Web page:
How could I let dirty windows ruin all that?
|There's always going to be obstacles!|
We have to learn to deal with them.
Nova Scotia, 2013
If you can stop and establish yourself in the here and the now, you will see that there are many elements of happiness available in this moment - more than enough for us to be happy. Even if there are a few things present that we dislike, there are still plenty of positive conditions for our happiness. We allow one dying tree to destroy our appreciation of all the other trees that are still alive, vigorous, and beautiful. If we look again, we can see that the garden is still beautiful, and we can enjoy it.
There. I need to leave my dirty windows behind. There is so much more to life. Is a perfectly spotless house my goal in this existence? Is this how I will choose to pursue happiness?
There are many things that we are unable to leave behind, which trap us. Practice looking deeply into these things. In the beginning, you may think that they are vital to your happiness, but they may actually be obstacles to your true happiness, causing you to suffer. If you are not able to be happy because you are caught by them, leaving them behind will be a source of joy for you.
Of course the dirty window example is a simplistic one. So many other things, way more complex and insidious than dirty windows, play a negative role in our lives... and we refuse to admit it. Let's take a pause and observe them. Activities. Habits. Relationships. Are they a source of joy, or a source of suffering?
Being aware of things is great. A huge step in itself. But taking action is better. You cannot allow yourself to stay at the awareness stage without moving. This I know because it has been a tendency for me. I excel at thinking. Problem is, it eventually turns into circular thinking. Action is thus vital.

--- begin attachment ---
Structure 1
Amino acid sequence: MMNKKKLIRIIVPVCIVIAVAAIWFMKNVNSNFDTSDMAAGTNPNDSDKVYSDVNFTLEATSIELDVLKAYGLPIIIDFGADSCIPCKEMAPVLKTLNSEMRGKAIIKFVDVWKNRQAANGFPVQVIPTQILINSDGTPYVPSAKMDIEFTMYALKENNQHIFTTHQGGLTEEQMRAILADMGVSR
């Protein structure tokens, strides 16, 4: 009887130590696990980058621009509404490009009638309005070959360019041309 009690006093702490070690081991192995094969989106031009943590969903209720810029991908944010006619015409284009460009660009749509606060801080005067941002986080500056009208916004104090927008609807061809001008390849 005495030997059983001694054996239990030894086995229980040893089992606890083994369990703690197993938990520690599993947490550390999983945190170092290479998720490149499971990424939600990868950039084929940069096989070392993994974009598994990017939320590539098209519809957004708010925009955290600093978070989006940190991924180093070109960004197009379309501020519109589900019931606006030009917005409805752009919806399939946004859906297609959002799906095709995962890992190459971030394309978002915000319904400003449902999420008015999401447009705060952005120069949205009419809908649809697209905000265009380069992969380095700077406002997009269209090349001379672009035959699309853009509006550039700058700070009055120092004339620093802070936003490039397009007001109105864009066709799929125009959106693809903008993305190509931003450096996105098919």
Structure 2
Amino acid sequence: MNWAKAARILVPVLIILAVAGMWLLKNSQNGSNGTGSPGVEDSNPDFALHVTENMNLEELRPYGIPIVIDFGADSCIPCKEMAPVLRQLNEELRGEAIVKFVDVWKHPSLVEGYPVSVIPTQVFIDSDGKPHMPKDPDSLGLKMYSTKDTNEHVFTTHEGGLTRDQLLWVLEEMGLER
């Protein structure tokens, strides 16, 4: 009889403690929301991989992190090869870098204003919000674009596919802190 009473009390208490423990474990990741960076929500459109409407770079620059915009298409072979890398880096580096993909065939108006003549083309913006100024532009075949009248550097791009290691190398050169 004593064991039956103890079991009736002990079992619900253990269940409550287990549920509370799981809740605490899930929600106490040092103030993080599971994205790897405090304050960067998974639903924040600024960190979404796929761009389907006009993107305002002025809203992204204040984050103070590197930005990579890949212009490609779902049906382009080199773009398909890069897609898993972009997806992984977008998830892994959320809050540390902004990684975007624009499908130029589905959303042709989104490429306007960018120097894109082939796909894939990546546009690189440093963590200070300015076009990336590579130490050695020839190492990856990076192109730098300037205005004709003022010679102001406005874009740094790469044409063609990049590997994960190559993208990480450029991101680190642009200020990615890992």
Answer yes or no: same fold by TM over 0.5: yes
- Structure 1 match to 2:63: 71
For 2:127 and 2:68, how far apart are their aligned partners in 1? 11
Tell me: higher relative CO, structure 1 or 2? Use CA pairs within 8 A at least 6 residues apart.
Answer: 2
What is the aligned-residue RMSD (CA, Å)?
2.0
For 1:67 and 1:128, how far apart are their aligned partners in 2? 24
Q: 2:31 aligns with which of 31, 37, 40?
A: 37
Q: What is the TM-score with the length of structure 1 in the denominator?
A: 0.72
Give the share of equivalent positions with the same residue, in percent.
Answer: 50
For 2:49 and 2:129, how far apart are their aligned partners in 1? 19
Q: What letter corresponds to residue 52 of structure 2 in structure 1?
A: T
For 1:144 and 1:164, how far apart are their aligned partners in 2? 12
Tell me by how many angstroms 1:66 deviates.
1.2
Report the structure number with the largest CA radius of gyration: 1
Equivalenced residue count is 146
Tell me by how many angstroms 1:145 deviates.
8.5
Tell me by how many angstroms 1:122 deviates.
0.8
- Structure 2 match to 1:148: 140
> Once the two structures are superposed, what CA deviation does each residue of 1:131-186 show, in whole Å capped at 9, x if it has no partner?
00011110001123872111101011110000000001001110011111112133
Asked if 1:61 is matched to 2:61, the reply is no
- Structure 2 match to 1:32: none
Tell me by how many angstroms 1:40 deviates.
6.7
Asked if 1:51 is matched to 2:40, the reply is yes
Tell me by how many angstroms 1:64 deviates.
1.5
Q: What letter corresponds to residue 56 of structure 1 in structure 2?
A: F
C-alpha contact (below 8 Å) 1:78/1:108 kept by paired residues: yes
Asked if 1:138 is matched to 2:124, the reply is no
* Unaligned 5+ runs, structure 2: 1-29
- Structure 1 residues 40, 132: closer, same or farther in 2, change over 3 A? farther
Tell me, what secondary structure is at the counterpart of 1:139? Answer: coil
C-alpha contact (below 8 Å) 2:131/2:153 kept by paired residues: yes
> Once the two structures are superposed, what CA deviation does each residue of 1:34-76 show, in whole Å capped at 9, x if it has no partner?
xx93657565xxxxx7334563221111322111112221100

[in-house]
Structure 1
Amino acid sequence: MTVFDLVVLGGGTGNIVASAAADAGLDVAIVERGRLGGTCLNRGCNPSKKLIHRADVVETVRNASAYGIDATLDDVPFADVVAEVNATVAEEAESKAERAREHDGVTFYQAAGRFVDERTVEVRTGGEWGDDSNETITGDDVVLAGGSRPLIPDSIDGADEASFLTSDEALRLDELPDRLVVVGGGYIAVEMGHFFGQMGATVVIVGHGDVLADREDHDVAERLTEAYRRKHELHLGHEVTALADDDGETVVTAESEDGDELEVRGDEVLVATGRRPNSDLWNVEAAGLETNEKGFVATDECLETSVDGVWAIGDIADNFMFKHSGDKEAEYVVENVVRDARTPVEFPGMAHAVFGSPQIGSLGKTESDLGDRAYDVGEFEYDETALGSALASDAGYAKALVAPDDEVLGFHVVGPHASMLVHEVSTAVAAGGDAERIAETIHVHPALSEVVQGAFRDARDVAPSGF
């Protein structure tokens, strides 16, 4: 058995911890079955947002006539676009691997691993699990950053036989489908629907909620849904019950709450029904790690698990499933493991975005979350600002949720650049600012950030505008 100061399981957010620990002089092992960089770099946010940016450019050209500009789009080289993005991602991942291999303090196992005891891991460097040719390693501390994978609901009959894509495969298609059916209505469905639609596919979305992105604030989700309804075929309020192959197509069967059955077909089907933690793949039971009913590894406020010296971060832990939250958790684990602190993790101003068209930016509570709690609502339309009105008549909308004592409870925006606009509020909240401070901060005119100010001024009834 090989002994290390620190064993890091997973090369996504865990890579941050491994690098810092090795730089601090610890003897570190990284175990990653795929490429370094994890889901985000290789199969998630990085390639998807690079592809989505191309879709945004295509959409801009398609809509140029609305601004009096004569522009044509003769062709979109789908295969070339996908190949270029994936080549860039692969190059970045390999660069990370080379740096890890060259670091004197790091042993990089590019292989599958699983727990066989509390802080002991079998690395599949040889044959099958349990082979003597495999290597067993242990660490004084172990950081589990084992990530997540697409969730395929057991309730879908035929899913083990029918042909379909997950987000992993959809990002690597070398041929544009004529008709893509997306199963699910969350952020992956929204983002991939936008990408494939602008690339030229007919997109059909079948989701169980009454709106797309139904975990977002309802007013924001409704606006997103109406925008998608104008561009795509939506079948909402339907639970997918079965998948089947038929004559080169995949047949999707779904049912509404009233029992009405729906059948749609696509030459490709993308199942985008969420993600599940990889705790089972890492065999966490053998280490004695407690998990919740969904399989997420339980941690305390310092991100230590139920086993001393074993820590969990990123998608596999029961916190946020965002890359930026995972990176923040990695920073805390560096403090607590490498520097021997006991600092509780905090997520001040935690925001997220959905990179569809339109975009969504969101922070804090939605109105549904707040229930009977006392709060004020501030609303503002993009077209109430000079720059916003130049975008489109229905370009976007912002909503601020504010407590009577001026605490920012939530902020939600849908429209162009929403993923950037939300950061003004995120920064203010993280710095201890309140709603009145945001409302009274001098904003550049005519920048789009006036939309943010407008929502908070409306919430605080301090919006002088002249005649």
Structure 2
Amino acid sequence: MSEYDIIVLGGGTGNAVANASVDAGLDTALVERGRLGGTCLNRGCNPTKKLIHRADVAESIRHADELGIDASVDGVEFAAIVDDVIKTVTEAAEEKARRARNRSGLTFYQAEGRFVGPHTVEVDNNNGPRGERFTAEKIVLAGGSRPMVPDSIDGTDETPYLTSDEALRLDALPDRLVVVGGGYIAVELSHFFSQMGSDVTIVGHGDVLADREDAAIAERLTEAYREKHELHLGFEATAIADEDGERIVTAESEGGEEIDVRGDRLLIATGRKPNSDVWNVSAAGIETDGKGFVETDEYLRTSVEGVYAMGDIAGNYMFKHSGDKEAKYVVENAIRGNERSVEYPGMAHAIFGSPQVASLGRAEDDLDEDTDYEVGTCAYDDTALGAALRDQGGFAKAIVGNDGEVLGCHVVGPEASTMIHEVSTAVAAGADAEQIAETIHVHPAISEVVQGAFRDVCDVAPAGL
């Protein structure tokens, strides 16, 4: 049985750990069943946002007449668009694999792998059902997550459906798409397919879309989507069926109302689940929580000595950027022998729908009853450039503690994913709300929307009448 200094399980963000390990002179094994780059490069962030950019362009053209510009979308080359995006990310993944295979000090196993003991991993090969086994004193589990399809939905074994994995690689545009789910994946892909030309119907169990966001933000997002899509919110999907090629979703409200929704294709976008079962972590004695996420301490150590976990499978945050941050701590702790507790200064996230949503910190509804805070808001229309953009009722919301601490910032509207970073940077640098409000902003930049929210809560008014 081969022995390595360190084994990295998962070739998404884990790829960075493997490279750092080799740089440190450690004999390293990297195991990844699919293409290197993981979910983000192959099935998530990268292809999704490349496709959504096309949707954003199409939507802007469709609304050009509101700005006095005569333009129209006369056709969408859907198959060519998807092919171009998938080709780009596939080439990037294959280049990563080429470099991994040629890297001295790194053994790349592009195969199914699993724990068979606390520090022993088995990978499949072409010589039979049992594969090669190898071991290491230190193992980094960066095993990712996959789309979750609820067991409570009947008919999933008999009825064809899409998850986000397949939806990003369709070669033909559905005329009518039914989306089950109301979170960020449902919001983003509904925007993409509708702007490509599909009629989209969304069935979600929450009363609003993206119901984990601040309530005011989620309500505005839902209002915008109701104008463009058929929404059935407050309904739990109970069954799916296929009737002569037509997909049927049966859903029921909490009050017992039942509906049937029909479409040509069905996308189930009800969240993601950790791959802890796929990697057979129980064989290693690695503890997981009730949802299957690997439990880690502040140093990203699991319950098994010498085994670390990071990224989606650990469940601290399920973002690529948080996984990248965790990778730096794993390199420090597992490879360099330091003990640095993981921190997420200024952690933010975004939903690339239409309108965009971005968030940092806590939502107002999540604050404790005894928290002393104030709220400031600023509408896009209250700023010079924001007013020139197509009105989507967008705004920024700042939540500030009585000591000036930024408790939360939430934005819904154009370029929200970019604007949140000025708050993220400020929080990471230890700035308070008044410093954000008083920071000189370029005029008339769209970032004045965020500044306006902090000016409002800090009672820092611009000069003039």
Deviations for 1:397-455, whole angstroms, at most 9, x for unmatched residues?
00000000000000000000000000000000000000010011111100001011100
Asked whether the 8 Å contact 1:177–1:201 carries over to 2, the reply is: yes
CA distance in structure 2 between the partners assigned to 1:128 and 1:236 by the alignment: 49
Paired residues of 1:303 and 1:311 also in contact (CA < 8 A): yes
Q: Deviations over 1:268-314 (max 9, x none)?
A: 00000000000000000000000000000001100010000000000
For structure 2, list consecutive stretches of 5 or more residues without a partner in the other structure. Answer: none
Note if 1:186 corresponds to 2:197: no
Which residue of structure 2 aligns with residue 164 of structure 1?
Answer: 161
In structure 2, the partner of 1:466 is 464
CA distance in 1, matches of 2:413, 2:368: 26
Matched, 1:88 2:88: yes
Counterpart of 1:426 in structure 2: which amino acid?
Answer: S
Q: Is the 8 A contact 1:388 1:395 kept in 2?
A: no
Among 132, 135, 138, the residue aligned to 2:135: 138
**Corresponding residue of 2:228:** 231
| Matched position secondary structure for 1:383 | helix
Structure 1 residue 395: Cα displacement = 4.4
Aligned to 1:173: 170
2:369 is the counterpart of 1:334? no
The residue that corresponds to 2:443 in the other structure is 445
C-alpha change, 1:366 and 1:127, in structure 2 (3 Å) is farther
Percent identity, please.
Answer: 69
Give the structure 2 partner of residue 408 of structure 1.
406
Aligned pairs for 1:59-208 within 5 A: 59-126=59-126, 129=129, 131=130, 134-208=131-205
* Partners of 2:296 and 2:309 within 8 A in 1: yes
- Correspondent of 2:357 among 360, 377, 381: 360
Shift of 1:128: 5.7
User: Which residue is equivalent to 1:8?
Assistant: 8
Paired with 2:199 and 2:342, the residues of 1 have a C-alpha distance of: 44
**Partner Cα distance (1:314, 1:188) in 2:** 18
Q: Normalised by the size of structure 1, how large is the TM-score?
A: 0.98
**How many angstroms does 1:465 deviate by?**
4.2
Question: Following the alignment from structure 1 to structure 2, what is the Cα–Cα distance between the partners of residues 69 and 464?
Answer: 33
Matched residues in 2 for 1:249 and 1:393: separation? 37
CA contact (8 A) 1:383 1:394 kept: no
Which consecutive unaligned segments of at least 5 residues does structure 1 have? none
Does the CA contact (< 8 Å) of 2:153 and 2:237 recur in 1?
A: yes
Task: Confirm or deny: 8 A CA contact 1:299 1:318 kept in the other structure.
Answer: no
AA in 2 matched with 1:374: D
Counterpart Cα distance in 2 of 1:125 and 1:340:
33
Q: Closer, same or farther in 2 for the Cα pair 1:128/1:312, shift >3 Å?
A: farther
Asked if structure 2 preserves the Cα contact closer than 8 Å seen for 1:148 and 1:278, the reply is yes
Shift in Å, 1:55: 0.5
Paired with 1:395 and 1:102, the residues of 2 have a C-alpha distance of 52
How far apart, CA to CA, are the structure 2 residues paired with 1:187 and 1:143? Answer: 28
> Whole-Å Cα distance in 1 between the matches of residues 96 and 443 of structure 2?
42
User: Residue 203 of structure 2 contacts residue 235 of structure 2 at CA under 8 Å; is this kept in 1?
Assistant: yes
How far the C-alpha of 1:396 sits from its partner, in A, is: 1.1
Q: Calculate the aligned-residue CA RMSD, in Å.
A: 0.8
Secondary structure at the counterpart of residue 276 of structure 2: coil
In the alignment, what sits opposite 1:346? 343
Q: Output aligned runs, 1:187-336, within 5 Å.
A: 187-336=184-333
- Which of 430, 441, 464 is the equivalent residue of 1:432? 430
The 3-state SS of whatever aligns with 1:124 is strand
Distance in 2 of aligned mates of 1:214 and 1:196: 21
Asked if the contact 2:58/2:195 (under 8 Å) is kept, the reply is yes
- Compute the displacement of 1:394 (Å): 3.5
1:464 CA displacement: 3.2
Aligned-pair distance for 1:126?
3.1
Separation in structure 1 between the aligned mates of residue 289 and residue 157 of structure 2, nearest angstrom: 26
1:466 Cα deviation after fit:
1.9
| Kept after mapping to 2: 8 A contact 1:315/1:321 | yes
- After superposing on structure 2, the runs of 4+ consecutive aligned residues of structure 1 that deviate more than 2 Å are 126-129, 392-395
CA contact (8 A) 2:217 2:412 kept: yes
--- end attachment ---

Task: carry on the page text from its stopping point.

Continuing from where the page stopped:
The North Star helps us face north, but just looking at the North Star does not mean we will go in a northerly direction. You have to take daily steps to go in that direction.
"Daily steps" is the right way to put it. To change is hard. Really hard. If you've heard of the law of inertia (physics), you know that changing trajectories necessitates a lot of energy. I suggest we first stop going in the wrong direction. Before even trying to redirect, we need to find ourselves in stillness. And what better way to achieve that stillness... than meditation? Meditation is not avoidance. Meditation implies slowing down enough to see what really is going on:
Some people think meditation means avoiding reality - that you pursue something transcendental and no longer care about practical things. But meditation, mindfulness practice, is concrete; you deal with reality instead of running away from it. You go back to your real problems and your real situation.
In case of doubt, it is sometimes better to wait before you act, but you can still do something:
If you are ever unsure of what to do, go back and enjoy your breathing.